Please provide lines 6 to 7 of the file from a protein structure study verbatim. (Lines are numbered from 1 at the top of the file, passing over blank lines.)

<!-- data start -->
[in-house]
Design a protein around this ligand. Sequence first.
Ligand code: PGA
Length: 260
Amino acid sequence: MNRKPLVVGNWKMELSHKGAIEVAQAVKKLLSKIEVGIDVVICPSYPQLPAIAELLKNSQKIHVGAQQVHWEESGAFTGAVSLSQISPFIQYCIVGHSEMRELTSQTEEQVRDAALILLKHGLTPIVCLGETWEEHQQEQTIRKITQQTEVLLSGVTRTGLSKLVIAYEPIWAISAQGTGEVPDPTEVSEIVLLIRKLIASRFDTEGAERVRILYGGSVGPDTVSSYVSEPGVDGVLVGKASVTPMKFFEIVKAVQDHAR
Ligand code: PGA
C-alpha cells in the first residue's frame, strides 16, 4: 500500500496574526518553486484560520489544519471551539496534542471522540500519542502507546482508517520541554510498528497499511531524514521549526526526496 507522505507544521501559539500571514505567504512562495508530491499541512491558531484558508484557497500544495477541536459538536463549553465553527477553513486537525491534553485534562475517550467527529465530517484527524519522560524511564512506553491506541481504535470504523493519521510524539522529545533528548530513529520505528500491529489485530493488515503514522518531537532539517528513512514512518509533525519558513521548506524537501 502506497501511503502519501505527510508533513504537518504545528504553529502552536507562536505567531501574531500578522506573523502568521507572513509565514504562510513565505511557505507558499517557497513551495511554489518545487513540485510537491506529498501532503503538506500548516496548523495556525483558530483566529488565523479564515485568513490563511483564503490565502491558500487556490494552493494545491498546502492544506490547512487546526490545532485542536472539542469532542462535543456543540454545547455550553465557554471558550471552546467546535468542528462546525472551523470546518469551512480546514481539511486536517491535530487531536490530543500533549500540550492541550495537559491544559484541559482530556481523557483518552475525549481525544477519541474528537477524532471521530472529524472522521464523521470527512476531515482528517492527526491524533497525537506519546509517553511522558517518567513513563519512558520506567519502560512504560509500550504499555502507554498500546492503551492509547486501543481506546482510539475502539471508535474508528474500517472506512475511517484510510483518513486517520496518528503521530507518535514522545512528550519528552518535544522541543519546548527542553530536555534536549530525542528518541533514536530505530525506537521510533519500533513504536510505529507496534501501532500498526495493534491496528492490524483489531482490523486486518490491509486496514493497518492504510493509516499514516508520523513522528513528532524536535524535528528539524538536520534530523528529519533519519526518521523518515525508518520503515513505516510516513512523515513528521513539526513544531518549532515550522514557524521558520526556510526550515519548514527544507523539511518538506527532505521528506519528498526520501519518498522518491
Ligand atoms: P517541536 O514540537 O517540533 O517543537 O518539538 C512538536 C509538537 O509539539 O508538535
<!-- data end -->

Ligand code: PGA
C-alpha cells in the first residue's frame, strides 16, 4: 500500500496574526518553486484560520489544519471551539496534542471522540500519542502507546482508517520541554510498528497499511531524514521549526526526496 507522505507544521501559539500571514505567504512562495508530491499541512491558531484558508484557497500544495477541536459538536463549553465553527477553513486537525491534553485534562475517550467527529465530517484527524519522560524511564512506553491506541481504535470504523493519521510524539522529545533528548530513529520505528500491529489485530493488515503514522518531537532539517528513512514512518509533525519558513521548506524537501 502506497501511503502519501505527510508533513504537518504545528504553529502552536507562536505567531501574531500578522506573523502568521507572513509565514504562510513565505511557505507558499517557497513551495511554489518545487513540485510537491506529498501532503503538506500548516496548523495556525483558530483566529488565523479564515485568513490563511483564503490565502491558500487556490494552493494545491498546502492544506490547512487546526490545532485542536472539542469532542462535543456543540454545547455550553465557554471558550471552546467546535468542528462546525472551523470546518469551512480546514481539511486536517491535530487531536490530543500533549500540550492541550495537559491544559484541559482530556481523557483518552475525549481525544477519541474528537477524532471521530472529524472522521464523521470527512476531515482528517492527526491524533497525537506519546509517553511522558517518567513513563519512558520506567519502560512504560509500550504499555502507554498500546492503551492509547486501543481506546482510539475502539471508535474508528474500517472506512475511517484510510483518513486517520496518528503521530507518535514522545512528550519528552518535544522541543519546548527542553530536555534536549530525542528518541533514536530505530525506537521510533519500533513504536510505529507496534501501532500498526495493534491496528492490524483489531482490523486486518490491509486496514493497518492504510493509516499514516508520523513522528513528532524536535524535528528539524538536520534530523528529519533519519526518521523518515525508518520503515513505516510516513512523515513528521513539526513544531518549532515550522514557524521558520526556510526550515519548514527544507523539511518538506527532505521528506519528498526520501519518498522518491